regrettable judicial activism and a disappointing departure from the ideal that the Court, notwithstanding changes in membership, upholds its prior decisions."

Because one of the then-new Justices who was instrumental in the Payne decision was Anthony Kennedy--who still sits on the Court--that sentence will likely be singled out as a none-too-veiled criticism of an active erstwhile colleague.  That's unfortunate, both because I doubt that Justice Stevens meant to single out Justice Kennedy and because I think that this is a weak piece of the Stevens essay.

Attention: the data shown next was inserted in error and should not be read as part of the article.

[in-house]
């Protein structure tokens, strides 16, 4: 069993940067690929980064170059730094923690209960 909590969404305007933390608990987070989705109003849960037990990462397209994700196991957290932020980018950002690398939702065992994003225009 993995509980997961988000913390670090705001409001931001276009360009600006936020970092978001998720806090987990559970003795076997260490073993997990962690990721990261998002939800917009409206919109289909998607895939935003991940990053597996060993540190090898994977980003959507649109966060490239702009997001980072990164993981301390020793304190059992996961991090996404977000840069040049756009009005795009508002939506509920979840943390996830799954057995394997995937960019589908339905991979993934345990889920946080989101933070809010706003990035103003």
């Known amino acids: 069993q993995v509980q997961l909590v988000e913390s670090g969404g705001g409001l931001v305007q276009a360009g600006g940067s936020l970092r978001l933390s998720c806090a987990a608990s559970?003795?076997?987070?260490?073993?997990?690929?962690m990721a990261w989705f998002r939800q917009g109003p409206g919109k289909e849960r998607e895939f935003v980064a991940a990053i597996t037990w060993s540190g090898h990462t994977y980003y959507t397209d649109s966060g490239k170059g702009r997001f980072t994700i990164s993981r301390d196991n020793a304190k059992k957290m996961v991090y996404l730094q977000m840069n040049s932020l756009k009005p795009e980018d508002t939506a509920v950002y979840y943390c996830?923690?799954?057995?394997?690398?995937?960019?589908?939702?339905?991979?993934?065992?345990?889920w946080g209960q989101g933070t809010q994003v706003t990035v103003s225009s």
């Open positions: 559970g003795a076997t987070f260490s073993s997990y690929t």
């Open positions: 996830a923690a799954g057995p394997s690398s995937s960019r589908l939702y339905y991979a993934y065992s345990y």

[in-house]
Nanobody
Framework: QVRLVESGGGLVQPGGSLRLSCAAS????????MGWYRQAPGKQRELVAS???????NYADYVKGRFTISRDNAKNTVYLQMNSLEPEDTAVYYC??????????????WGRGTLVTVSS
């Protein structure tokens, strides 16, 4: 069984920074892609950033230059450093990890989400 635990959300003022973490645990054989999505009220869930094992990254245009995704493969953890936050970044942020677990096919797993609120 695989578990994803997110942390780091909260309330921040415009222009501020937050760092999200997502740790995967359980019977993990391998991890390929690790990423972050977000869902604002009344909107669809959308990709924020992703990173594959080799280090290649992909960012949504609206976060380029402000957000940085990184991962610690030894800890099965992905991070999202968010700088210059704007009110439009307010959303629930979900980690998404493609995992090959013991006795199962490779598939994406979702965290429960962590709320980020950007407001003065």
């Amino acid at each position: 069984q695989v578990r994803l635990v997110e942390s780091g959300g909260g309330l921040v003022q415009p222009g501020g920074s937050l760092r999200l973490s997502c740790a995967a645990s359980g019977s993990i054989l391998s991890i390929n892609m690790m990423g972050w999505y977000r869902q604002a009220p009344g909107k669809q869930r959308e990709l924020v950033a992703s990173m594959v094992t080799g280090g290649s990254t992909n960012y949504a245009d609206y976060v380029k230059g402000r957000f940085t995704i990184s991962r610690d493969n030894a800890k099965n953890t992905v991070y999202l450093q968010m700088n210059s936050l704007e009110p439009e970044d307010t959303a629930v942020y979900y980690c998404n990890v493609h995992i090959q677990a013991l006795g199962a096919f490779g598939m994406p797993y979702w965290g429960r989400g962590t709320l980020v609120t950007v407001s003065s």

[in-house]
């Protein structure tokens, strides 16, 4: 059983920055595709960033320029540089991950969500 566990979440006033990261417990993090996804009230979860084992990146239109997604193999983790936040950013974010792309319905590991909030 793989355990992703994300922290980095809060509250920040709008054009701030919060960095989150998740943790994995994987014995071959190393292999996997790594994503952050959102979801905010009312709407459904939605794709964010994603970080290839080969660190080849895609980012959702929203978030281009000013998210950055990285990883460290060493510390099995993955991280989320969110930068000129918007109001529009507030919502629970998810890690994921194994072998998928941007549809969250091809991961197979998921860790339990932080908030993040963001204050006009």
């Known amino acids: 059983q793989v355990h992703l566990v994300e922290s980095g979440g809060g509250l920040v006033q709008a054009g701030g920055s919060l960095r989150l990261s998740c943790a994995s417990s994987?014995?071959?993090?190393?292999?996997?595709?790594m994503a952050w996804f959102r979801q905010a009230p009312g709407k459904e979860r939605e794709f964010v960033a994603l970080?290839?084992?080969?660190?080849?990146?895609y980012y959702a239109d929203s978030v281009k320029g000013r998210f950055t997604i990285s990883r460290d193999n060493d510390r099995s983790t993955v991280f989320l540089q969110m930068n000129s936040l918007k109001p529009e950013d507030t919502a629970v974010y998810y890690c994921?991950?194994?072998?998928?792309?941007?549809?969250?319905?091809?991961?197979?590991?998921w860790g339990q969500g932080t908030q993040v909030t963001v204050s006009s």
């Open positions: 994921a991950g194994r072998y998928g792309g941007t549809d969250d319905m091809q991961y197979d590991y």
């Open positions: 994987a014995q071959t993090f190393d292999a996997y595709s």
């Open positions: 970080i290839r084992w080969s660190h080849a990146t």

Is there any reason why a new Justice has a special obligation to follow past precedents?  Justice Stevens does not point to one in his essay and, to my knowledge, the closest the Court has ever come to articulating this view was in Planned Parenthood v. Casey, in which the joint opinion (speaking for a majority on this point) said that "to overrule under fire in the absence of the most compelling reason to reexamine a watershed decision would subvert the Court's legitimacy beyond any serious question."  Although not stated expressly, the argument there had the following implicit steps: 1) The three authors of the joint opinion (Justices O'Connor, Kennedy, and Souter) were all appointed by Presidents who were under considerable pressure to name Justices who would overrule Roe v. Wade; 2) Actually overruling Roe in those circumstances would have created the impression that the Court responds directly to political pressure; 3) That impression would undermine the Court's legitimacy; and therefore 4) The Court should avoid overruling unless the case for overruling is extraordinarily strong.